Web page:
Everyday Camouflage in the Countryside

DSCF5346 (1)

The building above looks like a military installation of some sort, right? After all, it’s got a camouflage pattern on the façade. But no, its roof would also be presumably camouflaged if it were a military installation, which, as the satellite image below shows, is not the case (indeed, military installations are normally blurred or censored in satellite imagery).

Screen Shot 2016-07-05 at 13.53.43

Screengrab, Apple Maps

Only here can we surmise what this shed is actually for: it seems to be designed to obstruct the view of a rock quarry from the nearby AP7 highway (which is where the upper photograph was taken). And just so we don’t notice the big obstruction itself, the façade is cleverly camouflaged to blend in with the natural background, creating an illusion of uninterrupted nature in the eyes of speeding highway motorists. Commonly called “killing two birds with one stone”, in contemporary corporate-speak this is “a synergetic win-win situation”.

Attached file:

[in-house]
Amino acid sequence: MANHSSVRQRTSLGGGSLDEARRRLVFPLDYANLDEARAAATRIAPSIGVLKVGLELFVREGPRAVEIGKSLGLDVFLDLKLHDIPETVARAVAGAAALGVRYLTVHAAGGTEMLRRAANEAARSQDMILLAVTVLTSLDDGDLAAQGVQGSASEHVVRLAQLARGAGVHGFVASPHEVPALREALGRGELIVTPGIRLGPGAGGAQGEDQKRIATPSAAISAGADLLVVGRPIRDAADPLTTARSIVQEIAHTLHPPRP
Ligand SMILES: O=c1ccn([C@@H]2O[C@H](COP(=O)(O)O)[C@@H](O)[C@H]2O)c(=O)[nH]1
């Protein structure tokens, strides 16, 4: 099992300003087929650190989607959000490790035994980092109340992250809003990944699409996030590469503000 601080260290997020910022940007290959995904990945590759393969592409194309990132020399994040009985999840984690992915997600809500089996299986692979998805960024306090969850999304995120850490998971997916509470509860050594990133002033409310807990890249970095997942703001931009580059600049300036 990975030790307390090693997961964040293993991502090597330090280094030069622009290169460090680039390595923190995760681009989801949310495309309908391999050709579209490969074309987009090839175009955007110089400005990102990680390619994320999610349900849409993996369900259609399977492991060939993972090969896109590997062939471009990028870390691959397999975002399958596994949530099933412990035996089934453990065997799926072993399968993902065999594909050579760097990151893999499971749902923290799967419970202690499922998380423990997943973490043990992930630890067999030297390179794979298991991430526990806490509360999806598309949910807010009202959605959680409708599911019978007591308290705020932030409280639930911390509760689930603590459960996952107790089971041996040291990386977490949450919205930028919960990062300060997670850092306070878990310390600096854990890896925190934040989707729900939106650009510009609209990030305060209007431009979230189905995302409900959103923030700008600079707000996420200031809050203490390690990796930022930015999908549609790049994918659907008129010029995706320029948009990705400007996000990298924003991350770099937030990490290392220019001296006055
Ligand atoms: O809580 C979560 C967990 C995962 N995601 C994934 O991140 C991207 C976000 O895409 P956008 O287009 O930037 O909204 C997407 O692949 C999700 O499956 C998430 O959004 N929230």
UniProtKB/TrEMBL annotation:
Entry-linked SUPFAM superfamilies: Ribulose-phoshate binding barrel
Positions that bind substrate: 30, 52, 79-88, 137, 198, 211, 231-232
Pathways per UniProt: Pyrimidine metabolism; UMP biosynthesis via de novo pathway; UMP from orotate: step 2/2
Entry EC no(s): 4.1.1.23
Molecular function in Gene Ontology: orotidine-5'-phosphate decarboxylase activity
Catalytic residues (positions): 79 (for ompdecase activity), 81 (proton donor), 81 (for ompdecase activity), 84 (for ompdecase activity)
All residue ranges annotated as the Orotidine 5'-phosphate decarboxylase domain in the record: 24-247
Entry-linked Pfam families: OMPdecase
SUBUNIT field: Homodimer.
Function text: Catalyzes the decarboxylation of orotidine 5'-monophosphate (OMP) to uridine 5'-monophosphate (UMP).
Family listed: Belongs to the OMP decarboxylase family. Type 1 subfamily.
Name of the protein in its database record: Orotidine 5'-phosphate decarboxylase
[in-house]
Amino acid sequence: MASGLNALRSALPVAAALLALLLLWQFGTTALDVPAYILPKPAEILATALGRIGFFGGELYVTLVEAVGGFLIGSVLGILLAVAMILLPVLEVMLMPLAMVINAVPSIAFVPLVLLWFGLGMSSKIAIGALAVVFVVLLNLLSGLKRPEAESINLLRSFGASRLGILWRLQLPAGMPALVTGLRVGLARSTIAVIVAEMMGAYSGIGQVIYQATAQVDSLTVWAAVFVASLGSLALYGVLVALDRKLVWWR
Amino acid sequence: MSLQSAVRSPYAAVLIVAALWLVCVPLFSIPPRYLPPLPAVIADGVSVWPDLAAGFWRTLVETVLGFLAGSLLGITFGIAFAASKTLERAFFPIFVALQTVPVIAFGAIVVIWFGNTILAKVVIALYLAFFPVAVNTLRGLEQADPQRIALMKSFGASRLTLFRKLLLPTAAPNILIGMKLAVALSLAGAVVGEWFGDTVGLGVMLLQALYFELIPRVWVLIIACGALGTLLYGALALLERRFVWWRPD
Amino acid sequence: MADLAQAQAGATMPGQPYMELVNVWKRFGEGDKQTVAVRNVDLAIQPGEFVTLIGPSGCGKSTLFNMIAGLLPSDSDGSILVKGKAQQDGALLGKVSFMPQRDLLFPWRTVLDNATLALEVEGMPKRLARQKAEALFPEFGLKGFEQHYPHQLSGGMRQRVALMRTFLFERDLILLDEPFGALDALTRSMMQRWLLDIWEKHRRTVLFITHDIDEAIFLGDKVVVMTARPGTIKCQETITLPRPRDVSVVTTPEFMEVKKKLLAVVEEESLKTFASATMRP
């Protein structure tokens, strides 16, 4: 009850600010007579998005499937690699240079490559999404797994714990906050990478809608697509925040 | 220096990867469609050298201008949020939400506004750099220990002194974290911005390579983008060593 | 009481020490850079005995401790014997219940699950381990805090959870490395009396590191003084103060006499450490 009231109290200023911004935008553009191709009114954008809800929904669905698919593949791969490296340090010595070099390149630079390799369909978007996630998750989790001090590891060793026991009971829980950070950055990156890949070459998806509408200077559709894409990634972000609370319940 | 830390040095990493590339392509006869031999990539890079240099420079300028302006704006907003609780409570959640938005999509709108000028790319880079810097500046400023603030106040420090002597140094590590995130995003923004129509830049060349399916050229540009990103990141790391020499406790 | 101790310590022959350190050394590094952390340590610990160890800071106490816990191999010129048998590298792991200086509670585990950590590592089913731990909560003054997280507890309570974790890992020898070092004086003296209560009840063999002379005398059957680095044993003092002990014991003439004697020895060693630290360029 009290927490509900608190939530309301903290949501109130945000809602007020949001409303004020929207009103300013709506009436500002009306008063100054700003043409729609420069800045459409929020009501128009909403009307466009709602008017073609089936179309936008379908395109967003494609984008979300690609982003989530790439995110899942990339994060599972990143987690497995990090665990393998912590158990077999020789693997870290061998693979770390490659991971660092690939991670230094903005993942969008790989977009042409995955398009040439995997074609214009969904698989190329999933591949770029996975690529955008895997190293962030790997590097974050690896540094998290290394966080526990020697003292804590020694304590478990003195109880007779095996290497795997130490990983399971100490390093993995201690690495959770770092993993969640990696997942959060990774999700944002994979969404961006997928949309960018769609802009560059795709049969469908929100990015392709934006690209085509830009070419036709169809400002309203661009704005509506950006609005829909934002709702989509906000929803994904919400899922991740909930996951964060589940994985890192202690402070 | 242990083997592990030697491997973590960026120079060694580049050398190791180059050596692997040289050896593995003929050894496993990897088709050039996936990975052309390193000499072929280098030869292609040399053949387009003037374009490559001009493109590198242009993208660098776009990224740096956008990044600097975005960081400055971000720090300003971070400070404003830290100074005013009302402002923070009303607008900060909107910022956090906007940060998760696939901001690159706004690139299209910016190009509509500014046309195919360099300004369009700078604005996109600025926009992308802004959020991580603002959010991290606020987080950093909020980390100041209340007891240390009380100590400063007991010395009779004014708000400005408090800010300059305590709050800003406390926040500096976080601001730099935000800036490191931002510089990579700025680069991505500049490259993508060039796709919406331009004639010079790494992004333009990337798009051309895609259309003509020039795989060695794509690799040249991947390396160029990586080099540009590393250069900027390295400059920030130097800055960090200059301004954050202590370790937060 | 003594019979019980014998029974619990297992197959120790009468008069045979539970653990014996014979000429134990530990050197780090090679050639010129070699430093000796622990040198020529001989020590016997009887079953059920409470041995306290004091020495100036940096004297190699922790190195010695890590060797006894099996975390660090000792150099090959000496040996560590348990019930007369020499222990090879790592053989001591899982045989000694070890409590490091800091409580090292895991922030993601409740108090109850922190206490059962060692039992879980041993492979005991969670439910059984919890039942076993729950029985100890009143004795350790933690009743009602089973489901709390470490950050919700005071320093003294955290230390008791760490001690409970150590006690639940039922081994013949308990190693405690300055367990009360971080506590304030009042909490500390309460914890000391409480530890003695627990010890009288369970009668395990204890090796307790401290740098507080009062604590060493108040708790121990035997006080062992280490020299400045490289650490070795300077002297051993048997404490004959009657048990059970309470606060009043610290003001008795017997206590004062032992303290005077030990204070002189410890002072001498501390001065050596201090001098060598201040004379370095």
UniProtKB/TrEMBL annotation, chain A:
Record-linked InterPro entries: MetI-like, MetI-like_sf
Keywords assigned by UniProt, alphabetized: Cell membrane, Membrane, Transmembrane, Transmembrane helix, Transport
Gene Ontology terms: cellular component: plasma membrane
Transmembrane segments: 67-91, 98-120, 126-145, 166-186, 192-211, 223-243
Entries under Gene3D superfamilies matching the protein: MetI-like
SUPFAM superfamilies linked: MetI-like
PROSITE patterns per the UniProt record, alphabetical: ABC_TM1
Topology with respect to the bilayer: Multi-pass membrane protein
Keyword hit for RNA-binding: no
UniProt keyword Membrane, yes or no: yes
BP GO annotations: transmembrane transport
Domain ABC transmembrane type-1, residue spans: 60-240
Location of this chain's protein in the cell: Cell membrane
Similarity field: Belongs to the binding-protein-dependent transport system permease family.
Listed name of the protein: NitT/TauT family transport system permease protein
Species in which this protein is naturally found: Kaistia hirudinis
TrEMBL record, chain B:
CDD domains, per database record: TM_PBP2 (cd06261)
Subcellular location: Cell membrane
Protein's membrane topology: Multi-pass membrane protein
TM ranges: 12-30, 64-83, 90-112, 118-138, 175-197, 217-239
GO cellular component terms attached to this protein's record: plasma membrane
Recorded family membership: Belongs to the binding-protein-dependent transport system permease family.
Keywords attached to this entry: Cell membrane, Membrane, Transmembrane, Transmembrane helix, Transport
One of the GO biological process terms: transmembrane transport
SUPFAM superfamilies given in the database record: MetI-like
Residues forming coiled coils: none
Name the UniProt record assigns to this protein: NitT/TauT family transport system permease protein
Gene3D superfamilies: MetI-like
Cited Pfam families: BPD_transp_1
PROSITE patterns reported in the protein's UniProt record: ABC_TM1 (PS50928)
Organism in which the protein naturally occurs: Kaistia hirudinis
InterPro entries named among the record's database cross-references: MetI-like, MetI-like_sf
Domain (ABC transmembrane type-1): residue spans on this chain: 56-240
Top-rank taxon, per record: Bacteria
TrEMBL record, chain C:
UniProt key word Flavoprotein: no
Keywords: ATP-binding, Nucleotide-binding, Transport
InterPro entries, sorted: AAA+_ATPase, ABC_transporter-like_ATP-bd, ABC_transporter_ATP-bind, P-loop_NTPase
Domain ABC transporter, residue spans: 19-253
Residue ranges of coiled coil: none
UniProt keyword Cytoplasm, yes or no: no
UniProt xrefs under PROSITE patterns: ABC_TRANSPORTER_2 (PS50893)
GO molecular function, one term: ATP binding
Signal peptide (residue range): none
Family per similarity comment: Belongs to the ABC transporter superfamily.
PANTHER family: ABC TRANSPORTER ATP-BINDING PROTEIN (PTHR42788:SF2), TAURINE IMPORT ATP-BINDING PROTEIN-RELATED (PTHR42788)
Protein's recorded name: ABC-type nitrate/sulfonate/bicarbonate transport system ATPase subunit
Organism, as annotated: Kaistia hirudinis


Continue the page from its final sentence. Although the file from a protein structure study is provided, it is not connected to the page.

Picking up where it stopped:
What we have here, in any case, is military camouflage being used for a civilian purpose; a rural variation on everyday camouflage in cities.

 

About Rafael Gomez-Moriana

I am an architect, writer and educator. rafagomo.com chronicles my architectural making, writing, teaching and curating activity, while criticalista.com is an archive of my writings as well as a platform for venting personal rants and observations. I studied architecture at the University of Waterloo (Canada) and at the Berlage Institute (the Netherlands). I direct the University of Calgary’s architecture term-abroad program in Barcelona and teach at CIEE, and have previously taught in the Metropolis Masters Program in Architecture and Urban Culture as well as at Carleton University and the University of Manitoba.

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